ASADA hits back at latest ‘allegations’ over Essendon scandal
ASADA has hit back at what it says are “allegations of evidence manipulation” in the media.
ASADA responded on Wednesday, saying the World Anti-Doping Agency (WADA) had sole responsibility for setting and determining prohibited substances.
“It is not possible to manipulate whether or not substances are prohibited,” ASADA said in a statement.
“Thymosin Beta 4 was included on the 2010 Prohibited List by WADA under a general category of substances being a growth factor affecting muscle, tendon or ligament, vascularisation and regenerative capacity.
“The substance Thymosin Beta 4 was always banned before, during and after the Cobia investigation.
“Thymosin Beta 4 has never been approved for human use.
“Whether a substance was on ASADA’s former Check Your Substances tool has no bearing on its status as a prohibited substance on WADA’s Prohibited List.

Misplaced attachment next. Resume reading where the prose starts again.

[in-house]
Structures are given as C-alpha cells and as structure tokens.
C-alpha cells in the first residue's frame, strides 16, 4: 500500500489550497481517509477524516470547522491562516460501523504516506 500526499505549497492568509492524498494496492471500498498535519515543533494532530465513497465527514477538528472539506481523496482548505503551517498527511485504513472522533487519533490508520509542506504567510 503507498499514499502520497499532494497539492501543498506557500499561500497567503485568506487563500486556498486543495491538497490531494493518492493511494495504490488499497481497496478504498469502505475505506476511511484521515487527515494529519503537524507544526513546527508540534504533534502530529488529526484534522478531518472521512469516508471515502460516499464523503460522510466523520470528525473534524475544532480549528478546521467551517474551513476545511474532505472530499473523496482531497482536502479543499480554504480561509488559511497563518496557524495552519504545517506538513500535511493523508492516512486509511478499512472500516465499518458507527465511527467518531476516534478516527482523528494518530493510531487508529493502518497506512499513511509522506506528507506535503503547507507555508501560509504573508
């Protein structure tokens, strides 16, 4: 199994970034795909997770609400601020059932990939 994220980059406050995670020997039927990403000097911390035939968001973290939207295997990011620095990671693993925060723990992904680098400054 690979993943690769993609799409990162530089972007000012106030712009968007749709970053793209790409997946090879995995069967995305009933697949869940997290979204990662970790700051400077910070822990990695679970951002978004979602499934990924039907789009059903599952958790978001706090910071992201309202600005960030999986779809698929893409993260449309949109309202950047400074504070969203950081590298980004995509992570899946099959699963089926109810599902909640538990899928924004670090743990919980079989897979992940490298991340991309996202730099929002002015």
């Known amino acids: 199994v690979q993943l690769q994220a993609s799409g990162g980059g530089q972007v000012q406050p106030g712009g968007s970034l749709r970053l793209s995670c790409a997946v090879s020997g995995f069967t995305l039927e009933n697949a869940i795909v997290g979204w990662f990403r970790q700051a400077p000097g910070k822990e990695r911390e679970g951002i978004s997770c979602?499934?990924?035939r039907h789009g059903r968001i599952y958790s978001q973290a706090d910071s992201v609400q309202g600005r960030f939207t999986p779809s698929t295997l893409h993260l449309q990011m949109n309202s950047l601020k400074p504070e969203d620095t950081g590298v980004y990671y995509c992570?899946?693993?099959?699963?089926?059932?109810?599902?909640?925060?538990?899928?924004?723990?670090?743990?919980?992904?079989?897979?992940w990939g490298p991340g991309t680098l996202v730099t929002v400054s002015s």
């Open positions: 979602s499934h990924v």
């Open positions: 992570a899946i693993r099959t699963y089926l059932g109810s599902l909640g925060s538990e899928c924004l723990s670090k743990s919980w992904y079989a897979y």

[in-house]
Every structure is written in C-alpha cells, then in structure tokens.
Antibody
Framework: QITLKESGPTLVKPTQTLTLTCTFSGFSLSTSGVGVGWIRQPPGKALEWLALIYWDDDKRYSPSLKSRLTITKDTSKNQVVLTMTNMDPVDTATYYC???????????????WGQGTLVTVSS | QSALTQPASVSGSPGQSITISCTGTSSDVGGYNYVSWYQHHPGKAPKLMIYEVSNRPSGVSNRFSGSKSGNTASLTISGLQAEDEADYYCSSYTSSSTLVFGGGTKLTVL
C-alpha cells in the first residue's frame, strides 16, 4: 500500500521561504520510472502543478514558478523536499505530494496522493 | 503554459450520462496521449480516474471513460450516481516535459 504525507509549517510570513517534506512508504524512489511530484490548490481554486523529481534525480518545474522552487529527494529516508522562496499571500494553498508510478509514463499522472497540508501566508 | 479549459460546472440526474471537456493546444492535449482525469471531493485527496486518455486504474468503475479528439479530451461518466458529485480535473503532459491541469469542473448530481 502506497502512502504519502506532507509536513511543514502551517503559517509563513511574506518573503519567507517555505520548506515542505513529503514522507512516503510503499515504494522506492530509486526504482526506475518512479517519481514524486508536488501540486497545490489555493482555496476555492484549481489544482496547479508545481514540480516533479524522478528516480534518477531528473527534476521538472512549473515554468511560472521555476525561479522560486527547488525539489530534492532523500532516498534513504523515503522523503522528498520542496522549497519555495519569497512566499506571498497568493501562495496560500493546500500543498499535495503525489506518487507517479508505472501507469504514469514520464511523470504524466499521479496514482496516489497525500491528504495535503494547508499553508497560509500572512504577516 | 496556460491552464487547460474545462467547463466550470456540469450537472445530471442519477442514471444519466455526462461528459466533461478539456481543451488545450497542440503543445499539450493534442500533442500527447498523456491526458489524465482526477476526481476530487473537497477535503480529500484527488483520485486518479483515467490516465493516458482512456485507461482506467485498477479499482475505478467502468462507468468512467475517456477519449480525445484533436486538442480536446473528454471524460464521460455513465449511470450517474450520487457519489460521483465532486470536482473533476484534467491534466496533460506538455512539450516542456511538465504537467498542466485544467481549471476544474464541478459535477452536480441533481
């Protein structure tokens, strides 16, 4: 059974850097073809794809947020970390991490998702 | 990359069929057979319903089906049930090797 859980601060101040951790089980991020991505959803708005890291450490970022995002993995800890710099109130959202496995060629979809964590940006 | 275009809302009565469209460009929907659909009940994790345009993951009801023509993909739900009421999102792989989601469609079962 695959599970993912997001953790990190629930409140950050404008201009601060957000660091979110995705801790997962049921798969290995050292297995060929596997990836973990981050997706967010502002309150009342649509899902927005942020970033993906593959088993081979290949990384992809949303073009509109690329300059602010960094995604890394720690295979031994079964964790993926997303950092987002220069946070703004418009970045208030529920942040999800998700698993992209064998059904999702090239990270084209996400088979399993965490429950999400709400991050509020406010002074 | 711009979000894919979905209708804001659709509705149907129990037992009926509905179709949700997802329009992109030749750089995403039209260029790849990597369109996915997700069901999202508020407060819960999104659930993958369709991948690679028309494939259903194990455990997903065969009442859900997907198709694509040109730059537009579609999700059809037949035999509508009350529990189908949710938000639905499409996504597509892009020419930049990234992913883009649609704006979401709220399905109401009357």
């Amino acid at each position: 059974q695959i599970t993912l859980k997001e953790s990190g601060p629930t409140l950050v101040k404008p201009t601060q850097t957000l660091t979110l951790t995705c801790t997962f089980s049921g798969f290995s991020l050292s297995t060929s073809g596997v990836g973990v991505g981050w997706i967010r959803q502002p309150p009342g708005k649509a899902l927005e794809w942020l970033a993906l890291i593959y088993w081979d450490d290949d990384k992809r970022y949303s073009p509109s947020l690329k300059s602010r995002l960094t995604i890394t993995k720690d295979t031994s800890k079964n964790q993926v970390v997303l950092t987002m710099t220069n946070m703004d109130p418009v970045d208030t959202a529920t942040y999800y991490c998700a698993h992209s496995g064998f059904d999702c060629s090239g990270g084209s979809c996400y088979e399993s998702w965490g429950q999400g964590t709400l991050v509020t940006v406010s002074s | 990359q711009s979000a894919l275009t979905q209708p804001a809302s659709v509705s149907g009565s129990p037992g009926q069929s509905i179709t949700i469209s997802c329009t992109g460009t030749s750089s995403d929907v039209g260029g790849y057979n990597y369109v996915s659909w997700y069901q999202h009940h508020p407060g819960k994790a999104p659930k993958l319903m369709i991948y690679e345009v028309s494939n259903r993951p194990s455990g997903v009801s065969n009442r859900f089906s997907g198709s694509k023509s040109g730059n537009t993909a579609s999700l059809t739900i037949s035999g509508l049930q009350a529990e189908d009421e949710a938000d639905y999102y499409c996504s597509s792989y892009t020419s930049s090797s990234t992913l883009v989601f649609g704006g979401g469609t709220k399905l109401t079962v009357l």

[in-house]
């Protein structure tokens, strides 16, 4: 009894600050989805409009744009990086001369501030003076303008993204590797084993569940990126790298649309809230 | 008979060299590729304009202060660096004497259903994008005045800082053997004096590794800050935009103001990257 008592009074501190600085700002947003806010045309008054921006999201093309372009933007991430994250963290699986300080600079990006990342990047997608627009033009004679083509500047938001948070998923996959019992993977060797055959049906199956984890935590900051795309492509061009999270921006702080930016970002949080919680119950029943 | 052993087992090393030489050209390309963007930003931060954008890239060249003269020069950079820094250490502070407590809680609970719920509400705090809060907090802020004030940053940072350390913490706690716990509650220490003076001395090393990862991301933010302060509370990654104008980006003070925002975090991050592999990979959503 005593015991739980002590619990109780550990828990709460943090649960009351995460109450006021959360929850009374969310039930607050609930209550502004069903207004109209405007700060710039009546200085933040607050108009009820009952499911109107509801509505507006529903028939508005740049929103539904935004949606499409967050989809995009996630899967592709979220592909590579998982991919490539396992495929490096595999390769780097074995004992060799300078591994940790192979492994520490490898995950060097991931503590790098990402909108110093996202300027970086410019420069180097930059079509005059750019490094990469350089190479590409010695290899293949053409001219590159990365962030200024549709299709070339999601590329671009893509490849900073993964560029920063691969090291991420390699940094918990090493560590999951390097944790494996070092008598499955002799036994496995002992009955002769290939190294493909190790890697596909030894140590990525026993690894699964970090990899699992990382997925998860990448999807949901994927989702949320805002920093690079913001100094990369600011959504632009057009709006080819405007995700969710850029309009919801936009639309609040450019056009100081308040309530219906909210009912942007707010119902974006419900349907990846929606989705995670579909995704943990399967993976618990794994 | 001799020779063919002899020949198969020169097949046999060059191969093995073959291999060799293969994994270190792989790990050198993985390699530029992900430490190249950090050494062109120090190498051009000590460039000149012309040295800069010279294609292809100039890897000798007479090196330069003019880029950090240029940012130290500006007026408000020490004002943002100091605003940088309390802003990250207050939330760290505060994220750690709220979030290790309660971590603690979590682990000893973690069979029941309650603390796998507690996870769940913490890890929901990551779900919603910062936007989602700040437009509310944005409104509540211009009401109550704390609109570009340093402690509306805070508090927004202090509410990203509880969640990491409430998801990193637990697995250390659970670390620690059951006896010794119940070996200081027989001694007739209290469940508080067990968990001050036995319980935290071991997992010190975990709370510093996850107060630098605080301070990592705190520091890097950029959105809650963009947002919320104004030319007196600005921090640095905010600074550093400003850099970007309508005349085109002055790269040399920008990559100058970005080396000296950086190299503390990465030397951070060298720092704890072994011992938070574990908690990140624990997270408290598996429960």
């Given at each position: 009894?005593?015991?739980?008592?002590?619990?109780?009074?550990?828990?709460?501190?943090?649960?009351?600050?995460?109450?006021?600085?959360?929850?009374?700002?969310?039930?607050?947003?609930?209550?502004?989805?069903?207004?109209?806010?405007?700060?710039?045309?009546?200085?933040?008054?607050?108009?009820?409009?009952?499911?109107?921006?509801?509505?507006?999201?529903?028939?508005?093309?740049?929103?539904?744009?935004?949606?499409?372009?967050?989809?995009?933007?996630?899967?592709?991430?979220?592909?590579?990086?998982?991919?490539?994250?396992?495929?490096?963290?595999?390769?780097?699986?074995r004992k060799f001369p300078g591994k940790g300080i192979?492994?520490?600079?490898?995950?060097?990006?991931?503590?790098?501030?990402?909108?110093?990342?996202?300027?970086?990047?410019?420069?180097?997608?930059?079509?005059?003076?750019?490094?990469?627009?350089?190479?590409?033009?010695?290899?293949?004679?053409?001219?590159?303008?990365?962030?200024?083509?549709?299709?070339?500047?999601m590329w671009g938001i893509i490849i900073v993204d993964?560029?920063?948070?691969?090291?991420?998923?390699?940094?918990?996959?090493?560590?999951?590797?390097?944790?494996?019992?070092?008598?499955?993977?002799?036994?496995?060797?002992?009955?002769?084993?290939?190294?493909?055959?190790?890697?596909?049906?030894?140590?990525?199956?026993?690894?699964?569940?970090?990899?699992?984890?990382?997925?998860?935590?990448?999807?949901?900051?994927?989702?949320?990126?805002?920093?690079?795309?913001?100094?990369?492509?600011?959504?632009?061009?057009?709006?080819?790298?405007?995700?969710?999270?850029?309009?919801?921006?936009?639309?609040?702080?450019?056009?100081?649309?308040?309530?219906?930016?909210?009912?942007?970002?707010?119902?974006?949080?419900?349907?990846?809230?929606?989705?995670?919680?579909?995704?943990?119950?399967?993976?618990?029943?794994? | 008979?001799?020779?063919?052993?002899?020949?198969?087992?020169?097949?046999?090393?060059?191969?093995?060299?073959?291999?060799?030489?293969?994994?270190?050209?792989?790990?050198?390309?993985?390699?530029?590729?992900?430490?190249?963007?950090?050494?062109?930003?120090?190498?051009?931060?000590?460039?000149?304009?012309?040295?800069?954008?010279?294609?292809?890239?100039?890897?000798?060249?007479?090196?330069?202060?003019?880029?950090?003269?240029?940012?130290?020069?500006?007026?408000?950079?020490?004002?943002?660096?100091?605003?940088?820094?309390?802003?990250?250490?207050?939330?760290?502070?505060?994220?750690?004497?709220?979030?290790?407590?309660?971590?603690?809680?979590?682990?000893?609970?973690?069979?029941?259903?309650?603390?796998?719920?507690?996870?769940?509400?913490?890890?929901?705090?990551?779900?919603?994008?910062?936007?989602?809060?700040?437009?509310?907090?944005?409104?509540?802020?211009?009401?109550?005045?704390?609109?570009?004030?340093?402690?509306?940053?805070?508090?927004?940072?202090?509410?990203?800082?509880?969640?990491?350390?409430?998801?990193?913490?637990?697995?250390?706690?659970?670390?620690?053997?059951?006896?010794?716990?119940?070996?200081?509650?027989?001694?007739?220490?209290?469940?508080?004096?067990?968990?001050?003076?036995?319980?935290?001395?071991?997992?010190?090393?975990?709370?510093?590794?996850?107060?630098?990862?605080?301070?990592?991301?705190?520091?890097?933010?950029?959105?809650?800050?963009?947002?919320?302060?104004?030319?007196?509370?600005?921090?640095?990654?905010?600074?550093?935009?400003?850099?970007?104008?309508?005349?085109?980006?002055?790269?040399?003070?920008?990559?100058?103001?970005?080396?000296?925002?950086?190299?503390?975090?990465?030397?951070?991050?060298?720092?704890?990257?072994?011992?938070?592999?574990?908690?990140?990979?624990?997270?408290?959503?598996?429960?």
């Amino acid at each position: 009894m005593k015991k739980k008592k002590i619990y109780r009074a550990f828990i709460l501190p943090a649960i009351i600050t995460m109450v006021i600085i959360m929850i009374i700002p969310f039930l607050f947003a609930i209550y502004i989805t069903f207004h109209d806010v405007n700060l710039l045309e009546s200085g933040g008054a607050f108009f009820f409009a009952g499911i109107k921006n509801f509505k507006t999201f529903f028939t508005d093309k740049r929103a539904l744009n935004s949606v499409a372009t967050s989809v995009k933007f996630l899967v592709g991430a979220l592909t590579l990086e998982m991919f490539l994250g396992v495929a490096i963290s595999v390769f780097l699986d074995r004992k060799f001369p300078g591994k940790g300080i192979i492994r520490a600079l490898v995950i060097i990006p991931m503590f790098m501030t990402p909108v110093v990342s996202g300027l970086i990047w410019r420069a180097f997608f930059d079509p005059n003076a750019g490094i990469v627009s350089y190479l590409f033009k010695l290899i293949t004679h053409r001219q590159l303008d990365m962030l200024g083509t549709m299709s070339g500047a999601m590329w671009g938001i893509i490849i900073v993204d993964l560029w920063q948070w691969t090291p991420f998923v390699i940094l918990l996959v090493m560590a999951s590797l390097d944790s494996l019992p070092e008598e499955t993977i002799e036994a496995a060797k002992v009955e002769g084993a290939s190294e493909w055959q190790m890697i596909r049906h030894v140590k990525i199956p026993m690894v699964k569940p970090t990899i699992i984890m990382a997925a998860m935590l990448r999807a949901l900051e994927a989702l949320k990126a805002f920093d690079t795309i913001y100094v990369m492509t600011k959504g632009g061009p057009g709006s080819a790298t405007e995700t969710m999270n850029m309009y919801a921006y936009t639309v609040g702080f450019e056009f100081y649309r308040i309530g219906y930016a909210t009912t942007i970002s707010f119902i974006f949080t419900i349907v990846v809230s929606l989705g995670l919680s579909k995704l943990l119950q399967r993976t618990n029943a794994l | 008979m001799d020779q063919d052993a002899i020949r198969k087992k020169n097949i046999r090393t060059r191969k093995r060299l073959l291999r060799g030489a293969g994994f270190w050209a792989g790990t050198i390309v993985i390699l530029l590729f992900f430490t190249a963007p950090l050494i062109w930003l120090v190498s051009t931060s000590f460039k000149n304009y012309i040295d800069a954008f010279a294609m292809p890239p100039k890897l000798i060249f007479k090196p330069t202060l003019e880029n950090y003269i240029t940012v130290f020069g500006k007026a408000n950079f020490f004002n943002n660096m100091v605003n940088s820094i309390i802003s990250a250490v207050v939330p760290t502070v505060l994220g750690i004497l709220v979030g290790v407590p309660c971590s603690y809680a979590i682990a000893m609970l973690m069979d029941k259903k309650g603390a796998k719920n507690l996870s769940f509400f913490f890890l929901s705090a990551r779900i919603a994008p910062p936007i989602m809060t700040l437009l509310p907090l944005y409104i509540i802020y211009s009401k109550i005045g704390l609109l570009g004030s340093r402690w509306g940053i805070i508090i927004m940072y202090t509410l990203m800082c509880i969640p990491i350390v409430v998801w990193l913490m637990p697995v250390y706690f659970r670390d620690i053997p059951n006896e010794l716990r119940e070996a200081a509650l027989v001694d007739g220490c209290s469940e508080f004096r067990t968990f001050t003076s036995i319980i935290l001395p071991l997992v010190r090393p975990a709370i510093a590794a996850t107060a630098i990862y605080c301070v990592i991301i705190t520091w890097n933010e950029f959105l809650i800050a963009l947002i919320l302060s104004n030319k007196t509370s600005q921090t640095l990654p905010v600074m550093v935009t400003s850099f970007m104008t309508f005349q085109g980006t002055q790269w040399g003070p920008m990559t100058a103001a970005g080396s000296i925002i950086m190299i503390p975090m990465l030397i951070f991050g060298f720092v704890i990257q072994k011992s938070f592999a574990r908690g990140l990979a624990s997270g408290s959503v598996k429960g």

“It is impossible to list every substance that may be used for performance enhancement in such a tool, particularly those not approved for use by humans.”
ASADA said any search for a substance on its website that was not contained in the “Check Your Substance” tool would have received an instruction to follow up with ASADA immediately.
The anti-doping body said it was “subject to a level of external scrutiny that has never before been seen” in an Australian anti-doping investigation.
- multiple Federal Court challenges;
- multiple anti-doping hearings;
- Swiss Federal Court review;
- complaints made by third parties to the Commonwealth Ombudsman; and
- complaints made to the Senate Committee.
“At all times the conduct of ASADA and its staff was vindicated,” ASADA said.